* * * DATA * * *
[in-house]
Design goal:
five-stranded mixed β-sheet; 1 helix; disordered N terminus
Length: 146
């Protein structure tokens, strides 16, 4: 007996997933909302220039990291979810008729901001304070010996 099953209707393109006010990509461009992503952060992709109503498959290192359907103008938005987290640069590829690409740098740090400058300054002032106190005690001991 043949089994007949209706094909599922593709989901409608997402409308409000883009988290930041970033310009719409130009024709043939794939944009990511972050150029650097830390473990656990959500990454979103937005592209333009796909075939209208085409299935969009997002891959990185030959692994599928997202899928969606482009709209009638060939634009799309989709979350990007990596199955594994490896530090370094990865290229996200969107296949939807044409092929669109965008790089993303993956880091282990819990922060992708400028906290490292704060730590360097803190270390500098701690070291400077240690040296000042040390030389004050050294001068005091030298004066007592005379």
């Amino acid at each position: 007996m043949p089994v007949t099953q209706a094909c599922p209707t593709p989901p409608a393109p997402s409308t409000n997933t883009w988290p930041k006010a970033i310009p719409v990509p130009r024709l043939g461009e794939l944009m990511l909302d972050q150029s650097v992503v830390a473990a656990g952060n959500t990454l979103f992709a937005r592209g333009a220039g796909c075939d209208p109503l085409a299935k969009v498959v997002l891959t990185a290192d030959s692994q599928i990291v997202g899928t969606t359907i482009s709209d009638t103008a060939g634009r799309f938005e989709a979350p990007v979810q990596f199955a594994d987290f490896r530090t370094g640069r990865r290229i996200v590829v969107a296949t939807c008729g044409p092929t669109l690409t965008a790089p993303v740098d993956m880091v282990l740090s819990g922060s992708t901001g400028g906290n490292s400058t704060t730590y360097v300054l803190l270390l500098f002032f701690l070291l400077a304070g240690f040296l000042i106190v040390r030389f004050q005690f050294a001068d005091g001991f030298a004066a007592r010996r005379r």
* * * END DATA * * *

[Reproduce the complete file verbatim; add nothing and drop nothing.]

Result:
[in-house]
Design goal:
five-stranded mixed β-sheet; 1 helix; disordered N terminus
Length: 146
């Protein structure tokens, strides 16, 4: 007996997933909302220039990291979810008729901001304070010996 099953209707393109006010990509461009992503952060992709109503498959290192359907103008938005987290640069590829690409740098740090400058300054002032106190005690001991 043949089994007949209706094909599922593709989901409608997402409308409000883009988290930041970033310009719409130009024709043939794939944009990511972050150029650097830390473990656990959500990454979103937005592209333009796909075939209208085409299935969009997002891959990185030959692994599928997202899928969606482009709209009638060939634009799309989709979350990007990596199955594994490896530090370094990865290229996200969107296949939807044409092929669109965008790089993303993956880091282990819990922060992708400028906290490292704060730590360097803190270390500098701690070291400077240690040296000042040390030389004050050294001068005091030298004066007592005379």
């Amino acid at each position: 007996m043949p089994v007949t099953q209706a094909c599922p209707t593709p989901p409608a393109p997402s409308t409000n997933t883009w988290p930041k006010a970033i310009p719409v990509p130009r024709l043939g461009e794939l944009m990511l909302d972050q150029s650097v992503v830390a473990a656990g952060n959500t990454l979103f992709a937005r592209g333009a220039g796909c075939d209208p109503l085409a299935k969009v498959v997002l891959t990185a290192d030959s692994q599928i990291v997202g899928t969606t359907i482009s709209d009638t103008a060939g634009r799309f938005e989709a979350p990007v979810q990596f199955a594994d987290f490896r530090t370094g640069r990865r290229i996200v590829v969107a296949t939807c008729g044409p092929t669109l690409t965008a790089p993303v740098d993956m880091v282990l740090s819990g922060s992708t901001g400028g906290n490292s400058t704060t730590y360097v300054l803190l270390l500098f002032f701690l070291l400077a304070g240690f040296l000042i106190v040390r030389f004050q005690f050294a001068d005091g001991f030298a004066a007592r010996r005379r």